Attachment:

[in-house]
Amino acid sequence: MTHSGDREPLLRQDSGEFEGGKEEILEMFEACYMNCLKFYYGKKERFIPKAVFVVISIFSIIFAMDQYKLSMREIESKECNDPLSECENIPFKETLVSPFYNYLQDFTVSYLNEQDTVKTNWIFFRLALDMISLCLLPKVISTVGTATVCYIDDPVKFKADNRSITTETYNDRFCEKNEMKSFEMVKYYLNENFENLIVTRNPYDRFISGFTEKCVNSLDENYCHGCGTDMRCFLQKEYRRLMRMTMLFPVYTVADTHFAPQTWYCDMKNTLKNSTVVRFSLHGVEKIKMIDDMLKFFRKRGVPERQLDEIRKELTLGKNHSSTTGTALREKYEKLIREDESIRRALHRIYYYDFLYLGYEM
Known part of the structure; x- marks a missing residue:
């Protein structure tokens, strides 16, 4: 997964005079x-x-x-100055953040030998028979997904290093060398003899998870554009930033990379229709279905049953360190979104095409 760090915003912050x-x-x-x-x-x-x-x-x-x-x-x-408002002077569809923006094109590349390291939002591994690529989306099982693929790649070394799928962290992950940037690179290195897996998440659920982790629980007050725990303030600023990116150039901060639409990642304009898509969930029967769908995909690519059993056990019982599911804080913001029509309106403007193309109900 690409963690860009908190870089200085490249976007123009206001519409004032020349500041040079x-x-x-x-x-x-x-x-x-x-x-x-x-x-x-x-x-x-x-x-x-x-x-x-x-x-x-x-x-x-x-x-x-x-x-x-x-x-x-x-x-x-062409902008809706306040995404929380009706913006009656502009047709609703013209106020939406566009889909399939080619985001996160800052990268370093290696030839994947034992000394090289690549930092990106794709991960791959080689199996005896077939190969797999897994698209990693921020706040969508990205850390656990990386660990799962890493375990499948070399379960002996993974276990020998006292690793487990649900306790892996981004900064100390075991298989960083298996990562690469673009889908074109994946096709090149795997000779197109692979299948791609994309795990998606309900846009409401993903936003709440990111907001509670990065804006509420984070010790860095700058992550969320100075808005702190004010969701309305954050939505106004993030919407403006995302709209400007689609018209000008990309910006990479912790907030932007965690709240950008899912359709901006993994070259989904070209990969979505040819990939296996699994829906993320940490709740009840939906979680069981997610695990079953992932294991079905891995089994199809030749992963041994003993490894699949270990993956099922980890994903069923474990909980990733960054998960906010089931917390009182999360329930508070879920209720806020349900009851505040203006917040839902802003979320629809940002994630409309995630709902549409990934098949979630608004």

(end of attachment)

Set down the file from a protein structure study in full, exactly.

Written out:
[in-house]
Amino acid sequence: MTHSGDREPLLRQDSGEFEGGKEEILEMFEACYMNCLKFYYGKKERFIPKAVFVVISIFSIIFAMDQYKLSMREIESKECNDPLSECENIPFKETLVSPFYNYLQDFTVSYLNEQDTVKTNWIFFRLALDMISLCLLPKVISTVGTATVCYIDDPVKFKADNRSITTETYNDRFCEKNEMKSFEMVKYYLNENFENLIVTRNPYDRFISGFTEKCVNSLDENYCHGCGTDMRCFLQKEYRRLMRMTMLFPVYTVADTHFAPQTWYCDMKNTLKNSTVVRFSLHGVEKIKMIDDMLKFFRKRGVPERQLDEIRKELTLGKNHSSTTGTALREKYEKLIREDESIRRALHRIYYYDFLYLGYEM
Known part of the structure; x- marks a missing residue:
């Protein structure tokens, strides 16, 4: 997964005079x-x-x-100055953040030998028979997904290093060398003899998870554009930033990379229709279905049953360190979104095409 760090915003912050x-x-x-x-x-x-x-x-x-x-x-x-408002002077569809923006094109590349390291939002591994690529989306099982693929790649070394799928962290992950940037690179290195897996998440659920982790629980007050725990303030600023990116150039901060639409990642304009898509969930029967769908995909690519059993056990019982599911804080913001029509309106403007193309109900 690409963690860009908190870089200085490249976007123009206001519409004032020349500041040079x-x-x-x-x-x-x-x-x-x-x-x-x-x-x-x-x-x-x-x-x-x-x-x-x-x-x-x-x-x-x-x-x-x-x-x-x-x-x-x-x-x-062409902008809706306040995404929380009706913006009656502009047709609703013209106020939406566009889909399939080619985001996160800052990268370093290696030839994947034992000394090289690549930092990106794709991960791959080689199996005896077939190969797999897994698209990693921020706040969508990205850390656990990386660990799962890493375990499948070399379960002996993974276990020998006292690793487990649900306790892996981004900064100390075991298989960083298996990562690469673009889908074109994946096709090149795997000779197109692979299948791609994309795990998606309900846009409401993903936003709440990111907001509670990065804006509420984070010790860095700058992550969320100075808005702190004010969701309305954050939505106004993030919407403006995302709209400007689609018209000008990309910006990479912790907030932007965690709240950008899912359709901006993994070259989904070209990969979505040819990939296996699994829906993320940490709740009840939906979680069981997610695990079953992932294991079905891995089994199809030749992963041994003993490894699949270990993956099922980890994903069923474990909980990733960054998960906010089931917390009182999360329930508070879920209720806020349900009851505040203006917040839902802003979320629809940002994630409309995630709902549409990934098949979630608004």